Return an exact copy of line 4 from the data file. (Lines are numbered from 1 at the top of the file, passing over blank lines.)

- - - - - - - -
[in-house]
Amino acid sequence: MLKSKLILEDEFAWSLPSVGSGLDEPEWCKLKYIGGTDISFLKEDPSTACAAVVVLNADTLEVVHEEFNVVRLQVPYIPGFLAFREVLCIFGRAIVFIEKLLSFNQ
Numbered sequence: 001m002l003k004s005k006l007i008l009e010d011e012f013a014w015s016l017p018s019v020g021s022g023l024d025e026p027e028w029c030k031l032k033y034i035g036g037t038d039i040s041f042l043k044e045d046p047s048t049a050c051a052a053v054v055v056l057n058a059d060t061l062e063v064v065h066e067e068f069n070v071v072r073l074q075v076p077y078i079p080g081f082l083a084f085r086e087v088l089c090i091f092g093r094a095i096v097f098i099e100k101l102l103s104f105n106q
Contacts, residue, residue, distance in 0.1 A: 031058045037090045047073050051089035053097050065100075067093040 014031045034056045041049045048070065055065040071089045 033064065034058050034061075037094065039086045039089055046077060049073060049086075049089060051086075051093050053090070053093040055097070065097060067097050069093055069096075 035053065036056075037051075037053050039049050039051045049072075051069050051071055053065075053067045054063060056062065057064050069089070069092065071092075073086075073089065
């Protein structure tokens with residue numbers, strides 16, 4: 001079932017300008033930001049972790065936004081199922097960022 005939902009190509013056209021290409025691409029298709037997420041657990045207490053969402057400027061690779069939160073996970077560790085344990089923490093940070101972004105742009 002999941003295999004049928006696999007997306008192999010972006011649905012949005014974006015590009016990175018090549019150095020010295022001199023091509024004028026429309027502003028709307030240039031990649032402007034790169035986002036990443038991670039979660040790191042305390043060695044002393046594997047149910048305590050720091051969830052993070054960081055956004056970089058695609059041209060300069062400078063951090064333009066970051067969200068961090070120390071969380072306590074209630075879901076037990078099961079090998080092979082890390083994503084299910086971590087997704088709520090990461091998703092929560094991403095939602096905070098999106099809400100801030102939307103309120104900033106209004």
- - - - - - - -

Contacts, residue, residue, distance in 0.1 A: 031058045037090045047073050051089035053097050065100075067093040 014031045034056045041049045048070065055065040071089045 033064065034058050034061075037094065039086045039089055046077060049073060049086075049089060051086075051093050053090070053093040055097070065097060067097050069093055069096075 035053065036056075037051075037053050039049050039051045049072075051069050051071055053065075053067045054063060056062065057064050069089070069092065071092075073086075073089065